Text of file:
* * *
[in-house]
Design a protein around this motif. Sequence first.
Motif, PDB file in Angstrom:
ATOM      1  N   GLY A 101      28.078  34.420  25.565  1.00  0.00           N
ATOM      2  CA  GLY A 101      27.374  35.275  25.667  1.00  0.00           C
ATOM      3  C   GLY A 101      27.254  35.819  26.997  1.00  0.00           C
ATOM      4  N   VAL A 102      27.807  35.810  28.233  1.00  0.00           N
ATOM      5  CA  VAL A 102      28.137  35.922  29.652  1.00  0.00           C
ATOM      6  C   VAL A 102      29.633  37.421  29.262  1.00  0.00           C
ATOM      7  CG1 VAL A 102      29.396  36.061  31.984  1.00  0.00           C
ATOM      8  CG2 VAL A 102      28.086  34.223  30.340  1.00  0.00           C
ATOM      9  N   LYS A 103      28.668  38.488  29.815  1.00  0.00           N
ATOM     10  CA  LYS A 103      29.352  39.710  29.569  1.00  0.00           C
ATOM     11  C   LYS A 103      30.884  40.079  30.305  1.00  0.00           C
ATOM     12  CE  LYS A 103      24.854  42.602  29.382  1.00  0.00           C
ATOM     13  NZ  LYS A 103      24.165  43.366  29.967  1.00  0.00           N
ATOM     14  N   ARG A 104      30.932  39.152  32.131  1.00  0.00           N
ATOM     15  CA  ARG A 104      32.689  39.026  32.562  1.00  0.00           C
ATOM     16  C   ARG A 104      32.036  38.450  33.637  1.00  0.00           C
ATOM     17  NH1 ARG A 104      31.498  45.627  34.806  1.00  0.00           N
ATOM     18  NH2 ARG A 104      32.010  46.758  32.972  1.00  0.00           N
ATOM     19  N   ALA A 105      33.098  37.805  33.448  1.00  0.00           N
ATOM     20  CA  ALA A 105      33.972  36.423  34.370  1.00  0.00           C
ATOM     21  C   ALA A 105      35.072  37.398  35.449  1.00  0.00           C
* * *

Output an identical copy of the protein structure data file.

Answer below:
[in-house]
Design a protein around this motif. Sequence first.
Motif, PDB file in Angstrom:
ATOM      1  N   GLY A 101      28.078  34.420  25.565  1.00  0.00           N
ATOM      2  CA  GLY A 101      27.374  35.275  25.667  1.00  0.00           C
ATOM      3  C   GLY A 101      27.254  35.819  26.997  1.00  0.00           C
ATOM      4  N   VAL A 102      27.807  35.810  28.233  1.00  0.00           N
ATOM      5  CA  VAL A 102      28.137  35.922  29.652  1.00  0.00           C
ATOM      6  C   VAL A 102      29.633  37.421  29.262  1.00  0.00           C
ATOM      7  CG1 VAL A 102      29.396  36.061  31.984  1.00  0.00           C
ATOM      8  CG2 VAL A 102      28.086  34.223  30.340  1.00  0.00           C
ATOM      9  N   LYS A 103      28.668  38.488  29.815  1.00  0.00           N
ATOM     10  CA  LYS A 103      29.352  39.710  29.569  1.00  0.00           C
ATOM     11  C   LYS A 103      30.884  40.079  30.305  1.00  0.00           C
ATOM     12  CE  LYS A 103      24.854  42.602  29.382  1.00  0.00           C
ATOM     13  NZ  LYS A 103      24.165  43.366  29.967  1.00  0.00           N
ATOM     14  N   ARG A 104      30.932  39.152  32.131  1.00  0.00           N
ATOM     15  CA  ARG A 104      32.689  39.026  32.562  1.00  0.00           C
ATOM     16  C   ARG A 104      32.036  38.450  33.637  1.00  0.00           C
ATOM     17  NH1 ARG A 104      31.498  45.627  34.806  1.00  0.00           N
ATOM     18  NH2 ARG A 104      32.010  46.758  32.972  1.00  0.00           N
ATOM     19  N   ALA A 105      33.098  37.805  33.448  1.00  0.00           N
ATOM     20  CA  ALA A 105      33.972  36.423  34.370  1.00  0.00           C
ATOM     21  C   ALA A 105      35.072  37.398  35.449  1.00  0.00           C